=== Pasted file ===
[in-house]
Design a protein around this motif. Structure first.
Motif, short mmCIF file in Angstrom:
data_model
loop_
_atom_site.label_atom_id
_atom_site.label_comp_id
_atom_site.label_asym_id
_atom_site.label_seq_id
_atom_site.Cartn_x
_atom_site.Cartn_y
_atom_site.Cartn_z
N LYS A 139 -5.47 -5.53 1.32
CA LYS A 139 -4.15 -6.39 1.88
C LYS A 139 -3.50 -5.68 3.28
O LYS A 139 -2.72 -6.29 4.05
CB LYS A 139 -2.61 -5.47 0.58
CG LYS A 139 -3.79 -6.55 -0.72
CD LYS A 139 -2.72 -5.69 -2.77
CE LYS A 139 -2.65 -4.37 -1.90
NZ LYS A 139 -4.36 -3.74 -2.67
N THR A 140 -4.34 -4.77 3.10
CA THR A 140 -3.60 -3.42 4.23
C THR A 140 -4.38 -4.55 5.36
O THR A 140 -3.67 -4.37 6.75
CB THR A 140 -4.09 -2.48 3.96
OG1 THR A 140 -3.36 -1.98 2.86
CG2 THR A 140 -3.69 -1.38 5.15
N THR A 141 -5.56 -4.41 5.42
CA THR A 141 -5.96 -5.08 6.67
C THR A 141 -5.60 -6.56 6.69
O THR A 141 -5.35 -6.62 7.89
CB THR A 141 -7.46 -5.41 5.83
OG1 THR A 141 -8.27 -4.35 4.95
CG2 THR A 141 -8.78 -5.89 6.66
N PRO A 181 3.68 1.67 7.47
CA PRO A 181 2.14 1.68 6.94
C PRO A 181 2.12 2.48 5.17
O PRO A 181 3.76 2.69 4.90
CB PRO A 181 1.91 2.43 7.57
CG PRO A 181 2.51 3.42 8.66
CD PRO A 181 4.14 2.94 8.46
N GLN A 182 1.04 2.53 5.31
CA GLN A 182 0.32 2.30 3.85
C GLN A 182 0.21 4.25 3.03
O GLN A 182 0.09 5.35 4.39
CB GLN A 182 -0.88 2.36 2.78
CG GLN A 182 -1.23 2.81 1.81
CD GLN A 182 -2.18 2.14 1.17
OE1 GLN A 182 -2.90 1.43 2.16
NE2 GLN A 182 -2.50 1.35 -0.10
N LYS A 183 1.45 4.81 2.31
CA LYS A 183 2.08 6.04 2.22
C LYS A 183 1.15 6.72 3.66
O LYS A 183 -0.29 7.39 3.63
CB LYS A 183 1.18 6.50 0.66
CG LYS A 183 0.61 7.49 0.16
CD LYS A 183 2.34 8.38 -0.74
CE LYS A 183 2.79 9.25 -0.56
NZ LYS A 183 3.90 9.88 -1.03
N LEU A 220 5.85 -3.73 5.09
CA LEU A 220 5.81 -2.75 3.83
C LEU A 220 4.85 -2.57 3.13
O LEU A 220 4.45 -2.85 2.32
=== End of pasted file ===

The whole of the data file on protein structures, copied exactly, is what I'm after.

[in-house]
Design a protein around this motif. Structure first.
Motif, short mmCIF file in Angstrom:
data_model
loop_
_atom_site.label_atom_id
_atom_site.label_comp_id
_atom_site.label_asym_id
_atom_site.label_seq_id
_atom_site.Cartn_x
_atom_site.Cartn_y
_atom_site.Cartn_z
N LYS A 139 -5.47 -5.53 1.32
CA LYS A 139 -4.15 -6.39 1.88
C LYS A 139 -3.50 -5.68 3.28
O LYS A 139 -2.72 -6.29 4.05
CB LYS A 139 -2.61 -5.47 0.58
CG LYS A 139 -3.79 -6.55 -0.72
CD LYS A 139 -2.72 -5.69 -2.77
CE LYS A 139 -2.65 -4.37 -1.90
NZ LYS A 139 -4.36 -3.74 -2.67
N THR A 140 -4.34 -4.77 3.10
CA THR A 140 -3.60 -3.42 4.23
C THR A 140 -4.38 -4.55 5.36
O THR A 140 -3.67 -4.37 6.75
CB THR A 140 -4.09 -2.48 3.96
OG1 THR A 140 -3.36 -1.98 2.86
CG2 THR A 140 -3.69 -1.38 5.15
N THR A 141 -5.56 -4.41 5.42
CA THR A 141 -5.96 -5.08 6.67
C THR A 141 -5.60 -6.56 6.69
O THR A 141 -5.35 -6.62 7.89
CB THR A 141 -7.46 -5.41 5.83
OG1 THR A 141 -8.27 -4.35 4.95
CG2 THR A 141 -8.78 -5.89 6.66
N PRO A 181 3.68 1.67 7.47
CA PRO A 181 2.14 1.68 6.94
C PRO A 181 2.12 2.48 5.17
O PRO A 181 3.76 2.69 4.90
CB PRO A 181 1.91 2.43 7.57
CG PRO A 181 2.51 3.42 8.66
CD PRO A 181 4.14 2.94 8.46
N GLN A 182 1.04 2.53 5.31
CA GLN A 182 0.32 2.30 3.85
C GLN A 182 0.21 4.25 3.03
O GLN A 182 0.09 5.35 4.39
CB GLN A 182 -0.88 2.36 2.78
CG GLN A 182 -1.23 2.81 1.81
CD GLN A 182 -2.18 2.14 1.17
OE1 GLN A 182 -2.90 1.43 2.16
NE2 GLN A 182 -2.50 1.35 -0.10
N LYS A 183 1.45 4.81 2.31
CA LYS A 183 2.08 6.04 2.22
C LYS A 183 1.15 6.72 3.66
O LYS A 183 -0.29 7.39 3.63
CB LYS A 183 1.18 6.50 0.66
CG LYS A 183 0.61 7.49 0.16
CD LYS A 183 2.34 8.38 -0.74
CE LYS A 183 2.79 9.25 -0.56
NZ LYS A 183 3.90 9.88 -1.03
N LEU A 220 5.85 -3.73 5.09
CA LEU A 220 5.81 -2.75 3.83
C LEU A 220 4.85 -2.57 3.13
O LEU A 220 4.45 -2.85 2.32